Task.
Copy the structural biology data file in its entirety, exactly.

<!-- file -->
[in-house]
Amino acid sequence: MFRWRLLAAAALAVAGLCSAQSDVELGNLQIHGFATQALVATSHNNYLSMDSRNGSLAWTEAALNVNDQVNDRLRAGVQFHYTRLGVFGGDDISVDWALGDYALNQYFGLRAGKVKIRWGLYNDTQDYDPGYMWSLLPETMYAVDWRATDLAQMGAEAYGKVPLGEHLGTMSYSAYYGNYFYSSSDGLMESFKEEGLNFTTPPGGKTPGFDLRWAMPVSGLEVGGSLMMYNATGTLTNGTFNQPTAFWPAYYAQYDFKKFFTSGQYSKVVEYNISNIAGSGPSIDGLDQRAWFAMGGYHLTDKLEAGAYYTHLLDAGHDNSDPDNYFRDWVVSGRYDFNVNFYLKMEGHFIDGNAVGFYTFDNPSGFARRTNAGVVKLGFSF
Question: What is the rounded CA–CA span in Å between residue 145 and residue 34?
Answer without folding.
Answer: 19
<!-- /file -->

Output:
[in-house]
Amino acid sequence: MFRWRLLAAAALAVAGLCSAQSDVELGNLQIHGFATQALVATSHNNYLSMDSRNGSLAWTEAALNVNDQVNDRLRAGVQFHYTRLGVFGGDDISVDWALGDYALNQYFGLRAGKVKIRWGLYNDTQDYDPGYMWSLLPETMYAVDWRATDLAQMGAEAYGKVPLGEHLGTMSYSAYYGNYFYSSSDGLMESFKEEGLNFTTPPGGKTPGFDLRWAMPVSGLEVGGSLMMYNATGTLTNGTFNQPTAFWPAYYAQYDFKKFFTSGQYSKVVEYNISNIAGSGPSIDGLDQRAWFAMGGYHLTDKLEAGAYYTHLLDAGHDNSDPDNYFRDWVVSGRYDFNVNFYLKMEGHFIDGNAVGFYTFDNPSGFARRTNAGVVKLGFSF
Question: What is the rounded CA–CA span in Å between residue 145 and residue 34?
Answer without folding.
Answer: 19